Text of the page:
Supporting Information

Table S1.

List of geographic localities analyzed in this study. Refer to numbers depicted in the map for localities (Fig. 1). N = sample size for that locality.

https://doi.org/10.1371/journal.pone.0032206.s001

(DOCX)

Table S2.

List of haplotypes recovered through the mitochondrial control region (hypervariable I domain) for Oligoryzomys longicaudatus. In parenthesis the number of haplotypes. The localities (see Table 1 for geographic details) are associated to specimens trapped in that site. The NK is a collection number used for the Division of Biological Materials of the Museum of Southwestern Biology, University of New Mexico, USA, and the Departamento de Ecología, Pontificia Universidad Católica de Chile, Chile. Other acronyms used are UP (field catalog of Dr. Ulyses Pardiñas), JCT (Juan Carlos Torres-Mura).

https://doi.org/10.1371/journal.pone.0032206.s002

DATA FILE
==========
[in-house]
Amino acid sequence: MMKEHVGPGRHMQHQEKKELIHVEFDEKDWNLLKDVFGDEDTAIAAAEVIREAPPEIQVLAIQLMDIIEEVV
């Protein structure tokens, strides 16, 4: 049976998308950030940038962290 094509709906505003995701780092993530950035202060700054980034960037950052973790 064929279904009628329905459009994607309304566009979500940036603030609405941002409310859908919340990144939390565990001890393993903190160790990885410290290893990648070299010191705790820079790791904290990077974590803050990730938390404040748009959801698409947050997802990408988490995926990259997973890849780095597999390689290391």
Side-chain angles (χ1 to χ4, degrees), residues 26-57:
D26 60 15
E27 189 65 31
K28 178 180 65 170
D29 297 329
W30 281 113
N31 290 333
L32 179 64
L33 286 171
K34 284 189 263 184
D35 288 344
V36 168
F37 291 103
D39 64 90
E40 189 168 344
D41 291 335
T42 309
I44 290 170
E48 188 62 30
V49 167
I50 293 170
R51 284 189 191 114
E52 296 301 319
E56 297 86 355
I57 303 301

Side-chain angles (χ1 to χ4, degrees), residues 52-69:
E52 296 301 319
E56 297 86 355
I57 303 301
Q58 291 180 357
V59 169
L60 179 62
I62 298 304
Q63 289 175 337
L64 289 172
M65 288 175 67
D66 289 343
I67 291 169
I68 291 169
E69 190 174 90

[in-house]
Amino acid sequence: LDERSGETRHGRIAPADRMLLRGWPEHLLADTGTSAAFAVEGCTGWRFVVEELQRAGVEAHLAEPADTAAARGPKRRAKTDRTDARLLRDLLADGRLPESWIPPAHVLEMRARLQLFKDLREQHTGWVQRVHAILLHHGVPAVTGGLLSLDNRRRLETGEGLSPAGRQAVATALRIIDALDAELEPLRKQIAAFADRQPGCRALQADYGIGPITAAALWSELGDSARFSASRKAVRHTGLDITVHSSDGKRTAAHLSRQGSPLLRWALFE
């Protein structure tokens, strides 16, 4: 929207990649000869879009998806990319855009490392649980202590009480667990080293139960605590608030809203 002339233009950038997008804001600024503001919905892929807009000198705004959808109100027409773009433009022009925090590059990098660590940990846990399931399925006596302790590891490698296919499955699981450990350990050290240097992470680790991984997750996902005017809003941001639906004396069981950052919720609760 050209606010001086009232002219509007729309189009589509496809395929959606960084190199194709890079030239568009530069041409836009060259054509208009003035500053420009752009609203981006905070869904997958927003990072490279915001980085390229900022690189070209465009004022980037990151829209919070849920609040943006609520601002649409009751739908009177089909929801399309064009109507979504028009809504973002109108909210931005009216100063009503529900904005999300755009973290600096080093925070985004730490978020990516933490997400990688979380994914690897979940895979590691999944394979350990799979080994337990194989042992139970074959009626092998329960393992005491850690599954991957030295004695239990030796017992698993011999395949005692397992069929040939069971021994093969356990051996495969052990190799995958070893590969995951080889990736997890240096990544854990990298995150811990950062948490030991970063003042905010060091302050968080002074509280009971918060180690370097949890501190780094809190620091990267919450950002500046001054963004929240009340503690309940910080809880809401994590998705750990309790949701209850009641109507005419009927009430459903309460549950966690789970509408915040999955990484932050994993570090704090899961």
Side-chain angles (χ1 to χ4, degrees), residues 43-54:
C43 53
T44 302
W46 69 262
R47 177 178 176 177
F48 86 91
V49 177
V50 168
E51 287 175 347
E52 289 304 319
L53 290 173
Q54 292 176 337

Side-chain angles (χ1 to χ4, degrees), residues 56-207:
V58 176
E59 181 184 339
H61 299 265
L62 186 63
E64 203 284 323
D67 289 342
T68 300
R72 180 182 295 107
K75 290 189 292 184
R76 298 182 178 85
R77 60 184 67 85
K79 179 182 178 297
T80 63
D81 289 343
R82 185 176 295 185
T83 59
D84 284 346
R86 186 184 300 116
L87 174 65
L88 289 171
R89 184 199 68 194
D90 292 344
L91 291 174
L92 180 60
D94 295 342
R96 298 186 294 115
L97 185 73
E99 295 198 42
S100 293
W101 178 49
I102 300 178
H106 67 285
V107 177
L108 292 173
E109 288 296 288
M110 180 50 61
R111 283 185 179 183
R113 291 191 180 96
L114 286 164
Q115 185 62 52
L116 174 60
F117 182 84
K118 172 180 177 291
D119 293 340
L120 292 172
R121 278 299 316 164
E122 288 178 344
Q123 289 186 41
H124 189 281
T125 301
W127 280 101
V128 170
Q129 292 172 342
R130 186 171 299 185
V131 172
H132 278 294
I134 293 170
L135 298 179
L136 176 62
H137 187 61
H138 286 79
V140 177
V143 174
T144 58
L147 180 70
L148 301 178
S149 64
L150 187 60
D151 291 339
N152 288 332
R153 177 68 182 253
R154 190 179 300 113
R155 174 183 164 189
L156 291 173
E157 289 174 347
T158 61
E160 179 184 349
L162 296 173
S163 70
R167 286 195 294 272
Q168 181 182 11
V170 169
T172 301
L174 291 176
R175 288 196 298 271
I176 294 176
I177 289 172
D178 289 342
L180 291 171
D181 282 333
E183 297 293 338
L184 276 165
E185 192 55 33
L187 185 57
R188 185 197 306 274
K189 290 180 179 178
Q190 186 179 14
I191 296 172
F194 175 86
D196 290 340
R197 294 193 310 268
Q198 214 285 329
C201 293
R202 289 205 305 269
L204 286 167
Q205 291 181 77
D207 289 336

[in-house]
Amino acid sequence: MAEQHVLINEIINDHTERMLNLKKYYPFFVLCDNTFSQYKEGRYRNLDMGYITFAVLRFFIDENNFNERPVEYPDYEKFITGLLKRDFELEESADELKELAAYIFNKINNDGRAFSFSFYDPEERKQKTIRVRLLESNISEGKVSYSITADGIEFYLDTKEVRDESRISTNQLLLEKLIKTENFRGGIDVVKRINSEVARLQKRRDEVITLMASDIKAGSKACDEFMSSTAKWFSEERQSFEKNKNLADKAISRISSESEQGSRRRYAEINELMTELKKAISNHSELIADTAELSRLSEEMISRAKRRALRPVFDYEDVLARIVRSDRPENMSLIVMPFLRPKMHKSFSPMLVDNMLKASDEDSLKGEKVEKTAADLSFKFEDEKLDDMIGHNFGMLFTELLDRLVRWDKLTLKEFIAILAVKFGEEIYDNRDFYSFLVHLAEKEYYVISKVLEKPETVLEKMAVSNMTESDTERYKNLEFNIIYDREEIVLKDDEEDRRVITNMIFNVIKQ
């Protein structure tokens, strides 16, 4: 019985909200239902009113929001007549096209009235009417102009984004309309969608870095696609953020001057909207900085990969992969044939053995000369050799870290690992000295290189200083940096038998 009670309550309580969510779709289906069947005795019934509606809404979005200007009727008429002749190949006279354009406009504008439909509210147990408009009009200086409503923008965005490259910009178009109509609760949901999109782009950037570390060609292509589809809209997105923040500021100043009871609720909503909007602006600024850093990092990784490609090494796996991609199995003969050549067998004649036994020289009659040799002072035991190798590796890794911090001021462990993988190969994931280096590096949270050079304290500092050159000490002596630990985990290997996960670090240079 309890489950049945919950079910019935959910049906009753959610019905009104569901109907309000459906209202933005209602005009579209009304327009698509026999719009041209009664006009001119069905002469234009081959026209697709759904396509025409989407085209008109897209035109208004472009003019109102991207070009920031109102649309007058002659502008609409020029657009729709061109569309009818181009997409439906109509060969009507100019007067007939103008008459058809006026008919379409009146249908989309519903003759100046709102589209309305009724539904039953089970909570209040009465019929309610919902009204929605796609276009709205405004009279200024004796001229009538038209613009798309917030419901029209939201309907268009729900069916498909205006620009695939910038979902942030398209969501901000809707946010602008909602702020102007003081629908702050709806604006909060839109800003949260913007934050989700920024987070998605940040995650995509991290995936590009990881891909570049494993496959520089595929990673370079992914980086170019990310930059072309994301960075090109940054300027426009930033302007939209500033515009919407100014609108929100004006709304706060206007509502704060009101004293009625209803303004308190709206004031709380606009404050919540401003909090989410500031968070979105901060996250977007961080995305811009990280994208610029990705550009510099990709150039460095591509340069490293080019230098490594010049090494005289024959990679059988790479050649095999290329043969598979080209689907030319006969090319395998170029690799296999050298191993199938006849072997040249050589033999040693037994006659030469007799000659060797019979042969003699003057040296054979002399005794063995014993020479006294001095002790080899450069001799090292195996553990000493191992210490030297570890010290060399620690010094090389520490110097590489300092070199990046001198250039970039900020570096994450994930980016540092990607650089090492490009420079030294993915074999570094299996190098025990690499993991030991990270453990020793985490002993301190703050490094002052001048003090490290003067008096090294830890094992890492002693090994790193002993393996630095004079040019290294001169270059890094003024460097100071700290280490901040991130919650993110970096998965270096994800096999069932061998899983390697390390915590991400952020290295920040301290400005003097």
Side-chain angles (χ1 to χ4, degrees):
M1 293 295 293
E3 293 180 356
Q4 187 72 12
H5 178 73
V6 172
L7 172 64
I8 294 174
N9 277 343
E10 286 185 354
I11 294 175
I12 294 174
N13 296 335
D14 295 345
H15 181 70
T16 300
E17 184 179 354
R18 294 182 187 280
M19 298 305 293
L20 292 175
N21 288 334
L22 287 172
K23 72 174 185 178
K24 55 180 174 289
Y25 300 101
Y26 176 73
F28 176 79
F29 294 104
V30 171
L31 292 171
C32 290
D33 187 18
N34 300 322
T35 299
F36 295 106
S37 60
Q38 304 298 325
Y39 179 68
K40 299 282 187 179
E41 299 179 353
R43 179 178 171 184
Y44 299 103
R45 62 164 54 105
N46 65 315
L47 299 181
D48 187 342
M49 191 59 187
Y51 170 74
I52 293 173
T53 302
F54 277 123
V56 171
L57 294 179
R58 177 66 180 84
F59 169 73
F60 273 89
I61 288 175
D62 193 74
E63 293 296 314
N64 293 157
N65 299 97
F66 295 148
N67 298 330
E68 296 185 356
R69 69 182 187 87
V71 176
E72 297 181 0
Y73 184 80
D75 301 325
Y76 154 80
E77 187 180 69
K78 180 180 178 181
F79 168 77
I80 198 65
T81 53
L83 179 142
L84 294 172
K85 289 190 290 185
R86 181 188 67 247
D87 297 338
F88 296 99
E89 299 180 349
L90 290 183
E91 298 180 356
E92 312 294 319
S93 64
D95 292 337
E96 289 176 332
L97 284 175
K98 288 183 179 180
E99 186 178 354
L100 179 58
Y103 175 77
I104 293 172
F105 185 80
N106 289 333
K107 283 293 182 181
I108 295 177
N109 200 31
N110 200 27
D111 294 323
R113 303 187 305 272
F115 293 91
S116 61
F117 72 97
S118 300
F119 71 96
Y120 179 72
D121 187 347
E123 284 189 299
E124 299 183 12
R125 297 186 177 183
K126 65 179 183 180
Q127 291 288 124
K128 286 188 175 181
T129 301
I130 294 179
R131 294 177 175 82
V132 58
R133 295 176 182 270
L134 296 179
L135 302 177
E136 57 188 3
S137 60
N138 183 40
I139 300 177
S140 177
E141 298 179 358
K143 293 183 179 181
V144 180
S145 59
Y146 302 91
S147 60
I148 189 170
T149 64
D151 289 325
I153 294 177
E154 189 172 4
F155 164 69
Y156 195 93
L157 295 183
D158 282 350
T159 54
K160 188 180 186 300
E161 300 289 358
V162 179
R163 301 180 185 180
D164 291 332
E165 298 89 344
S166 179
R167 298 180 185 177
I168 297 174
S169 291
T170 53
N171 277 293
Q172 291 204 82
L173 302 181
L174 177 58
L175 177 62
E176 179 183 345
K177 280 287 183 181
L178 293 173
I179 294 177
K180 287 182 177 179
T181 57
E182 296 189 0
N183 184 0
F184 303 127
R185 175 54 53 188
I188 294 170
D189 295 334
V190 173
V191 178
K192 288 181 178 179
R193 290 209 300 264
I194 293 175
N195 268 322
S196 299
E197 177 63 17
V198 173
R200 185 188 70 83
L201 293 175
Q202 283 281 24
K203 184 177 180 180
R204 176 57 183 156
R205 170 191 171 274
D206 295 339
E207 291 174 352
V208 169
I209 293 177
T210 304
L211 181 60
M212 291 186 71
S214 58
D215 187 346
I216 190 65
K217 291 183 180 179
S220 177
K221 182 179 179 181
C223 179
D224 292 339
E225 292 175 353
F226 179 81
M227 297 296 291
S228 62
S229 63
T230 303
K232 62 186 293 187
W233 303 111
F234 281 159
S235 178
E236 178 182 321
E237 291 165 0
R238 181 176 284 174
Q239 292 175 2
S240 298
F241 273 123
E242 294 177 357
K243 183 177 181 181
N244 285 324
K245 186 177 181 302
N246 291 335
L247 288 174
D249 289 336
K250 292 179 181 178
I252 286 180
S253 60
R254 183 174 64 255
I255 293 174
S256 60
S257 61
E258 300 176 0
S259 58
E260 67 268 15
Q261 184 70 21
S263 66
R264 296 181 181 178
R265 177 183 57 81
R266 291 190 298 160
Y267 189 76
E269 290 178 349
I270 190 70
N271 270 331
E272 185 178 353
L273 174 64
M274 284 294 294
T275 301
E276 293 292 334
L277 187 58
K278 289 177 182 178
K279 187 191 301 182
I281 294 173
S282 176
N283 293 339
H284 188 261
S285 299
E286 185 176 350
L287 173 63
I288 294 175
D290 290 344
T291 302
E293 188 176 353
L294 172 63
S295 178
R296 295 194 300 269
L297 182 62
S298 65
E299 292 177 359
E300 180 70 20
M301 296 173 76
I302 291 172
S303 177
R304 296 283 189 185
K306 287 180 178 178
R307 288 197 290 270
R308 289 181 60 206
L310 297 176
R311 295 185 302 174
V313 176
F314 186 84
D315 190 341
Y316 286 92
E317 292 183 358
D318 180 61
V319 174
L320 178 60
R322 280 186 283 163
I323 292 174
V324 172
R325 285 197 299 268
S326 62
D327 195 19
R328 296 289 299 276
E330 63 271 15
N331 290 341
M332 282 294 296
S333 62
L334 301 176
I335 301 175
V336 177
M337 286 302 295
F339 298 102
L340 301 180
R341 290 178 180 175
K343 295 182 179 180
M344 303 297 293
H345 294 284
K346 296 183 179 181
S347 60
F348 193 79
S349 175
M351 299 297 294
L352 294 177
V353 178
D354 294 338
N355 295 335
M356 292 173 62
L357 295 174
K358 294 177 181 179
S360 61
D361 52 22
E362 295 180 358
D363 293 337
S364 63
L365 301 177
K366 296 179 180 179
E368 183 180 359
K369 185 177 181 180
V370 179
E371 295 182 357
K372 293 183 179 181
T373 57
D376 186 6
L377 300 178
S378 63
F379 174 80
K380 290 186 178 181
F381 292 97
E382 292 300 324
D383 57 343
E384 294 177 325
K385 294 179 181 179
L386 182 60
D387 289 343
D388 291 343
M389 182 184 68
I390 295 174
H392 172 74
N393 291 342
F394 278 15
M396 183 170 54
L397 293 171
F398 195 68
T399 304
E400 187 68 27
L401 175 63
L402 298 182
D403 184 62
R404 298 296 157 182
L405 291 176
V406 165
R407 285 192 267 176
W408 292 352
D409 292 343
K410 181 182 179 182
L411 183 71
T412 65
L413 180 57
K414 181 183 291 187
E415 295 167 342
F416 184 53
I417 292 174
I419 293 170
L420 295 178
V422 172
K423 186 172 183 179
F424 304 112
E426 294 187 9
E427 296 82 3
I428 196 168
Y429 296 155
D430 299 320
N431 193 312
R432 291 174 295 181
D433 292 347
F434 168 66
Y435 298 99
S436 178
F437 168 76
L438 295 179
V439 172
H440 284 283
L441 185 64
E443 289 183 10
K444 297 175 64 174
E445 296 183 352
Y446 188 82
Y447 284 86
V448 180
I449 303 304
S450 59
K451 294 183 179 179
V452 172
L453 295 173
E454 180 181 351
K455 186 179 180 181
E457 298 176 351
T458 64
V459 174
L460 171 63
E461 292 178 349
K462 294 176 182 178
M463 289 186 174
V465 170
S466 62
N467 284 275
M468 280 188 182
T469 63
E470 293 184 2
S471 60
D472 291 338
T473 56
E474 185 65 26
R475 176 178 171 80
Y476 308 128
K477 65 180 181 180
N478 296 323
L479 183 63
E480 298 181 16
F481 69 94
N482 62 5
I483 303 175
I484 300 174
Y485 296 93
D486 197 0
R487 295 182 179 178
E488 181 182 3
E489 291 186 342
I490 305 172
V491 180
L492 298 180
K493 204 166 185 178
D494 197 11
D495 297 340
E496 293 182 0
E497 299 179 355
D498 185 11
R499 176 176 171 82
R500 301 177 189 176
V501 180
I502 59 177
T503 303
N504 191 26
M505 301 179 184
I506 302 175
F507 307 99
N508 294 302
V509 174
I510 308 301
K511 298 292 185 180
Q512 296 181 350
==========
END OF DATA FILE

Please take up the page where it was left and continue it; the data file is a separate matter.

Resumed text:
(DOC)

Acknowledgments

We would like to thank S. Belmar, L. Cárdenas, J. A. Cook, J. W. Dragoo, E. Rodríguez and two anonymous reviewers for valuable comments on earlier versions of this manuscript; to U.F.J. Pardiñas for the tissue loan of Argentinean specimens. The field assistance of the Chilean Hanta Crew is greatly appreciated (E. Rivera-Milla, R. Medina, S. Alvarado, H. Vallejos, M. Eherenfeld, G. Lobos, A. Charrier, J. P. de la Harpe, J. González, G. Carrasco, V. Castro, V. Escobar, R. Thompson, P. Gutiérrez, F. Santander, S. Belmar, P. Lagos). The map was provided by I. Barría. We would also like to thank the Museum of Southwestern Biology, University of New Mexico (USA) for the loan of specimens used as outgroups, and to the Servicio Agrícola y Ganadero (SAG) and Corporación Nacional Forestal (CONAF) for collecting permits.

Author Contributions

Conceived and designed the experiments: REP DB TLY. Performed the experiments: REP DB. Analyzed the data: REP CEH DBB FTP. Contributed reagents/materials/analysis tools: REP TLY. Wrote the paper: REP.